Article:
That’s not a bad thing; research has shown that women are more likely to choose work they find interesting and fulfilling over work that is lucrative. From a purely financial standpoint, we wondered what careers would narrow the wage gap if more women pursued them. According to the BLS, these 25 jobs are the ones that give women the most earning potential.

1. Pharmacists 
Median weekly earnings: $1,898*

2. Lawyers 
Median weekly earnings: $1,631

3. Computer and information systems managers
Median weekly earnings: $1,543

4. Physicians and surgeons
Median weekly earnings: $1,527

5. Chief executives
Median weekly earnings: $1,464

6. Nurse practitioners
Median weekly earnings: $1,432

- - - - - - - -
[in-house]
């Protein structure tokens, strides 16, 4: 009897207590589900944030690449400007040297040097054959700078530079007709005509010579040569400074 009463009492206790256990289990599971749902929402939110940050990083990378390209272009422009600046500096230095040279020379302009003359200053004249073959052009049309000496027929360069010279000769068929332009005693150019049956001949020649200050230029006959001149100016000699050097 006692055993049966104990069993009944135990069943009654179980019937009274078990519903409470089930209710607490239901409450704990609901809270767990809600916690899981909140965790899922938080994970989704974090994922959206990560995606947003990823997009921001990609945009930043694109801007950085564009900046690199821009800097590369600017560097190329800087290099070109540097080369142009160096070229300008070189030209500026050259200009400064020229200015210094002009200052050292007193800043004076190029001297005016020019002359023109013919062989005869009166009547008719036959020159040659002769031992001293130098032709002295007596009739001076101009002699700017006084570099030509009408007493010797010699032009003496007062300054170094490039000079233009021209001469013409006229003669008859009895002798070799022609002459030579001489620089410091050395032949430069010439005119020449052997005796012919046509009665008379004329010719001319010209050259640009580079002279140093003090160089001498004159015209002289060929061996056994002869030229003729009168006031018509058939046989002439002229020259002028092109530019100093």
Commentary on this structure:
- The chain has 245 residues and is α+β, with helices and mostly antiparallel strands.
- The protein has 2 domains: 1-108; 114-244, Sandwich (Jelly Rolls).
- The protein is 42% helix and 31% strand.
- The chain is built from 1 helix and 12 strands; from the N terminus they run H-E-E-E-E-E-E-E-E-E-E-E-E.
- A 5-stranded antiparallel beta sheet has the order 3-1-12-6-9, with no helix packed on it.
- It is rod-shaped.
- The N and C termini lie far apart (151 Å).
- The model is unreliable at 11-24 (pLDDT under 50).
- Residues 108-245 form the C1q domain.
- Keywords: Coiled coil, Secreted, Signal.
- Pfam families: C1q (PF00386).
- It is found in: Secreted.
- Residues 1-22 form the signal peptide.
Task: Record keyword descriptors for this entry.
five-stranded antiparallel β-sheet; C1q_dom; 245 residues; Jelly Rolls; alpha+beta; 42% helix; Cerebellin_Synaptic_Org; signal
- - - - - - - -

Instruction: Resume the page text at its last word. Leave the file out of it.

7. Software developers
Median weekly earnings: $1,388

8. Operations research analysts
Median weekly earnings: $1,326

9. Human resources managers
Median weekly earnings: $1,273

10. Psychologists 
Median weekly earnings: $1,244

11. Computer programmers
Median weekly earnings: $1,238

12. Physical therapists
Median weekly earnings: $1,216

13. Occupational therapists
Median weekly earnings: $1,193

14. Management analysts
Median weekly earnings: $1,174

15. Physical scientists
Median weekly earnings: $1,167

16. Medical and health services managers
Median weekly earnings: $1,166

17. Computer systems analysts
Median weekly earnings: $1,144

18. Architecture and engineering 
Median weekly earnings: $1,140

19. Marketing and sales managers
Median weekly earnings: $1,127

20. Medical scientists  
Median weekly earnings: $1,127

21. Postsecondary teachers and professors  
Median weekly earnings: $1,093

22. Speech-language pathologists
Median weekly earnings: $1,076

23. Education administrators 
Median weekly earnings: $1,061

24. Managers, all other 
Median weekly earnings: $1,047

25. Registered nurses
Median weekly earnings: $1,034

*Based on BLS data from 2011